The application process itself, both in the United States and internationally, has proven to be another one of the primary challenges that cannabis businesses face. There are many steps involved, a lot of competition, and it can take months or even years to acquire. Add strict deadlines and limitations placed on licences to the mix and the process can seem impossible. These are the challenges that 3C has become expert at navigating. But these challenges are actually the industry’s greatest opportunities. With the gradual emergence of a legal market, business owners have the first opportunity to be the models that influence the ethics and culture behind an entire industry.
International law violations to disrupt cannabis markets
Though 3C got its start by guiding US-based cannabis operations, they have turned much of their attention to international markets in the past few years. As it stands, the global cannabis market is projected to grow to $31.4 bn (~€27.5 bn) by 2021, and the medical cannabis sector has been witnessing profound growth with more countries adopting medical cannabis legislation.4 Although most view Canadian cannabis companies as the leaders in international cannabis operations, recent criticism from the International Narcotics Control Board (INCB) has cast doubt among stakeholders as to whether or not Canada will remain at the top of the playing field.5 This criticism was primarily due to the mixing of Canadian recreational and medical programs. 3C has worked alongside clients in Europe, Africa, South America, Australia, and Asia to help influence and impact positive cannabis legislation and formulate strategies in relation to the export and distribution of medical cannabis to avoid such pitfalls. This dedication has resulted in a number of their clients, partners, and investors, obtaining coveted licences in the competitive European market, as well as the creation of private companies that rival large Canadian public companies.
As pressure continues to build from international regulators on countries that have adopted recreational programs (e.g., Canada, Uruguay), it is imperative that federal governments maintain a strict focus on medical cannabis until international treaties are revised. Countries like Israel, The Netherlands, and The Czech Republic are currently leading the medical cannabis research efforts in Europe for the entire global industry, focusing on the development of effective and safe medicine.
As the results of global medical cannabis research surface and federal legalisation of medical use in the United States gets closer, pharmaceutical companies are already gearing up to become major producers in the medical industry.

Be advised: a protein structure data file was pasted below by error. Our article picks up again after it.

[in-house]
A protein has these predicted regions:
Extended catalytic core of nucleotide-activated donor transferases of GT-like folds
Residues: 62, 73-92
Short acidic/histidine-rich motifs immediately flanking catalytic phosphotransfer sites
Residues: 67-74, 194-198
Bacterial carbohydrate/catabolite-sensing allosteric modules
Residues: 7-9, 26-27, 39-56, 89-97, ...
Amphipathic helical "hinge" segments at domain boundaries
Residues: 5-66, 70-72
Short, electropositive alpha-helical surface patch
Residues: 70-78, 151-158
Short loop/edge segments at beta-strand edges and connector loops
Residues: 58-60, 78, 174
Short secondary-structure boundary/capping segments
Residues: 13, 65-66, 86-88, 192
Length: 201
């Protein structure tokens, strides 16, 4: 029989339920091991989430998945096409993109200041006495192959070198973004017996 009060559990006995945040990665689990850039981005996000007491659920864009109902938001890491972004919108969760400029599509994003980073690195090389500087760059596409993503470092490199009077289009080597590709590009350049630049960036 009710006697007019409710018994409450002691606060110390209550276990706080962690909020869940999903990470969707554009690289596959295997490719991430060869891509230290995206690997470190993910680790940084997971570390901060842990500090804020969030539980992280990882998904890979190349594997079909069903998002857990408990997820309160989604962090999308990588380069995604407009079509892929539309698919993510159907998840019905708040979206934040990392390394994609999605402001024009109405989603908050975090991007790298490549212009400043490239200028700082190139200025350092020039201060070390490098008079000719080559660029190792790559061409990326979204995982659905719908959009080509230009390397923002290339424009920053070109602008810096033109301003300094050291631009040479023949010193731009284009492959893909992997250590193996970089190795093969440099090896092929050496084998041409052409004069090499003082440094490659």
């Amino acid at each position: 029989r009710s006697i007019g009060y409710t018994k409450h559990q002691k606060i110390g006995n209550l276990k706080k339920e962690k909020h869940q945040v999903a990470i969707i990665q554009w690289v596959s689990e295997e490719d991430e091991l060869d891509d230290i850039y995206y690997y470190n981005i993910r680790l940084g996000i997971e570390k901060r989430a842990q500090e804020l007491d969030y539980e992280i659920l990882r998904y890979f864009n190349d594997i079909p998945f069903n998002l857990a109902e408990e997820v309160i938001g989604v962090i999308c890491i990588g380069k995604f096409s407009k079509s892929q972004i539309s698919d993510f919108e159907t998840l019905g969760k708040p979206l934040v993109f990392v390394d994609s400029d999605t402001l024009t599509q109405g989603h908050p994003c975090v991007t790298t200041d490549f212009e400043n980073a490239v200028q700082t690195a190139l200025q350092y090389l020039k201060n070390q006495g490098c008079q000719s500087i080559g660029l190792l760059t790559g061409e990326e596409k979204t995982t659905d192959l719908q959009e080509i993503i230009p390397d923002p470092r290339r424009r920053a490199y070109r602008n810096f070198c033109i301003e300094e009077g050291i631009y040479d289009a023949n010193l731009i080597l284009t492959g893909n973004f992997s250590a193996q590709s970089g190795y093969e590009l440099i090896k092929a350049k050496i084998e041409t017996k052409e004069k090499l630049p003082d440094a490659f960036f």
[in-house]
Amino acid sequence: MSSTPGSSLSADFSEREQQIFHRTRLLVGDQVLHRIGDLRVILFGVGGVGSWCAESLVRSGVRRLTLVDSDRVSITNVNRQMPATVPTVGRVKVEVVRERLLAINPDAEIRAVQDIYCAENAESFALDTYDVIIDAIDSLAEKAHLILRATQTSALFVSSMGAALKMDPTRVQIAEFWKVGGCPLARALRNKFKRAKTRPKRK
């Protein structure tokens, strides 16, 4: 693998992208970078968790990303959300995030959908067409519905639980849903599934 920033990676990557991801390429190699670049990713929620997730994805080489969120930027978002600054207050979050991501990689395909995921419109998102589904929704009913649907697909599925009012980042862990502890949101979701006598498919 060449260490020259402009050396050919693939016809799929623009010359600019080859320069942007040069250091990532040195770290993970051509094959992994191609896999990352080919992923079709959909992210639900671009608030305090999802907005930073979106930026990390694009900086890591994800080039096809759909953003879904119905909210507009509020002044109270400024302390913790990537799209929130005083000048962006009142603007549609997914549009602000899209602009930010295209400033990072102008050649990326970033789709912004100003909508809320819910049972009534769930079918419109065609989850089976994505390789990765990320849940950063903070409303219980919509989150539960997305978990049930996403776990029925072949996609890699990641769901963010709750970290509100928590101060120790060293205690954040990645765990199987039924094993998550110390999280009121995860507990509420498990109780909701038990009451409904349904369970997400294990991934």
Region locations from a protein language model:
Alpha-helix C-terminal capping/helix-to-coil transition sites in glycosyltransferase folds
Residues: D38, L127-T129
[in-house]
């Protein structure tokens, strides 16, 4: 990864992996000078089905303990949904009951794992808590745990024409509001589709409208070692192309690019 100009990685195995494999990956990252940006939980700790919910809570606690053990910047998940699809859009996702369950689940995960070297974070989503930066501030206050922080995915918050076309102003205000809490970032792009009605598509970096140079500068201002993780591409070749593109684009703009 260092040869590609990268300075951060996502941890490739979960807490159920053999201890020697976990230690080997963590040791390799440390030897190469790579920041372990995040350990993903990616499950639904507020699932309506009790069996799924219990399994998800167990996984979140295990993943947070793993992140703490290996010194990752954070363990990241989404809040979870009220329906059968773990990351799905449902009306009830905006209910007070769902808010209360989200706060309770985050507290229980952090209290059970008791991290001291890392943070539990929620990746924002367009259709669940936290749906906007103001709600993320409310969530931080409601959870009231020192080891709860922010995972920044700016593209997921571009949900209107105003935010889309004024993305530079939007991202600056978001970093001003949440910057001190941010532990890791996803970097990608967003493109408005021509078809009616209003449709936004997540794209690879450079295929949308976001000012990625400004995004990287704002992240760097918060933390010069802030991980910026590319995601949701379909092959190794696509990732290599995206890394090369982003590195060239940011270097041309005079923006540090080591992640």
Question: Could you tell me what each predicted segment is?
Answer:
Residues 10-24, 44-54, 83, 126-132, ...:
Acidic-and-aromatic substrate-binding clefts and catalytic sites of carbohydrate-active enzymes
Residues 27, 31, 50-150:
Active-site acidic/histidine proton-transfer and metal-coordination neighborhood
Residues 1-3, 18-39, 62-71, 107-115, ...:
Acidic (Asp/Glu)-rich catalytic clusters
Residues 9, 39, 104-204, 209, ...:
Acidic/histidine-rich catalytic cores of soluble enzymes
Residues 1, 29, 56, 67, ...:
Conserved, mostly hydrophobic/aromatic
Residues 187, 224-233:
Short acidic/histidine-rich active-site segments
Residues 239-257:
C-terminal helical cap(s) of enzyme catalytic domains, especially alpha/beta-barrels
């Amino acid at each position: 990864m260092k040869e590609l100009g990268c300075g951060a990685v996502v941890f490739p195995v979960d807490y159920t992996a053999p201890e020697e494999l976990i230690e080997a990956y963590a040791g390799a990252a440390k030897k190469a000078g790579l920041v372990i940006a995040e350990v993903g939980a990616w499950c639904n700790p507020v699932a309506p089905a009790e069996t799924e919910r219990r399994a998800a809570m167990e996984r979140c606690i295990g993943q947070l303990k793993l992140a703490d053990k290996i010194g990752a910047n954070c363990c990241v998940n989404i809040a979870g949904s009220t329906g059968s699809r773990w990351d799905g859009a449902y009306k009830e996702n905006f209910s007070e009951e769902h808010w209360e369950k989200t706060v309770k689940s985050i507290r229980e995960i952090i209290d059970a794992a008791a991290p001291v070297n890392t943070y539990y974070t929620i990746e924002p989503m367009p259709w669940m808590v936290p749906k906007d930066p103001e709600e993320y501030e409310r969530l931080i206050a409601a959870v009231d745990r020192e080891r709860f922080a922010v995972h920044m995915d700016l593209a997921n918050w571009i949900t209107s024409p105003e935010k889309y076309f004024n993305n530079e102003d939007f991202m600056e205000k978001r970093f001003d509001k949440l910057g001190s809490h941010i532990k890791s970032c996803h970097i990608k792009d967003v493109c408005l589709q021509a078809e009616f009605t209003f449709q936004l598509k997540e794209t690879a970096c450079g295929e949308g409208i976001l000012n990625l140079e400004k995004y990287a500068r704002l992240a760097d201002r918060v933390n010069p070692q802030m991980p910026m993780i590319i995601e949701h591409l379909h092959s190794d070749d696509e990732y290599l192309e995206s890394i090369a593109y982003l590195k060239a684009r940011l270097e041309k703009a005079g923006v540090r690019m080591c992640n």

3C sees this as a productive step towards applying pharmaceutical-level standards to the industry. As such, they continue to assist in the planning of clinical trials in phases one, two and three of the drug development processes, actively seeking delivery methods that efficiently and consistently subdue the pain of medical patients.
Good practice standards
Adhering to international standards and utilising systems that help establish and maintain a compliant business is not only imperative for the development of safe and quality medicine for cannabis patients, but also for the security of workers and investors in the industry. Cannabis businesses looking to contribute to the longevity and advancement of the industry need to consider international laws and standards to have the biggest impact.
This means structuring their businesses to be compliant with Good Agricultural Practices (GAP), Good Agricultural and Collection Practices (GACP), Good Laboratory Practices (GLP), Good Distribution Practices (GDP), Good Manufacturing Practices (GMP), and the Global Risk Assessment Platform (GRASP). GMP is of particular importance in regards to worker health and safety, and product quality control.
According to the World Health Organization (WHO), Good Manufacturing Practice, “defines quality measures for both production and quality control and defines general measures to ensure that processes necessary for production and testing are clearly defined, validated, reviewed, and documented, and that the personnel, premises, and materials are suitable for the production of pharmaceuticals and biologicals including vaccines.” While the majority of legal cannabis states and countries have yet to require GMP for cannabis, it’s not a matter of if but when certification will be required, and businesses will need to be prepared. 3C utilises these practices as their benchmark for a businesses’ ability to establish and maintain compliance, produce or supply cannabis products, and distinguish themselves in their market. They take the top down and bottom up approach to assessing risk and compliance, acknowledging that, while each country has different regulations these standards are the foundation of what is required for import in countries across the EU.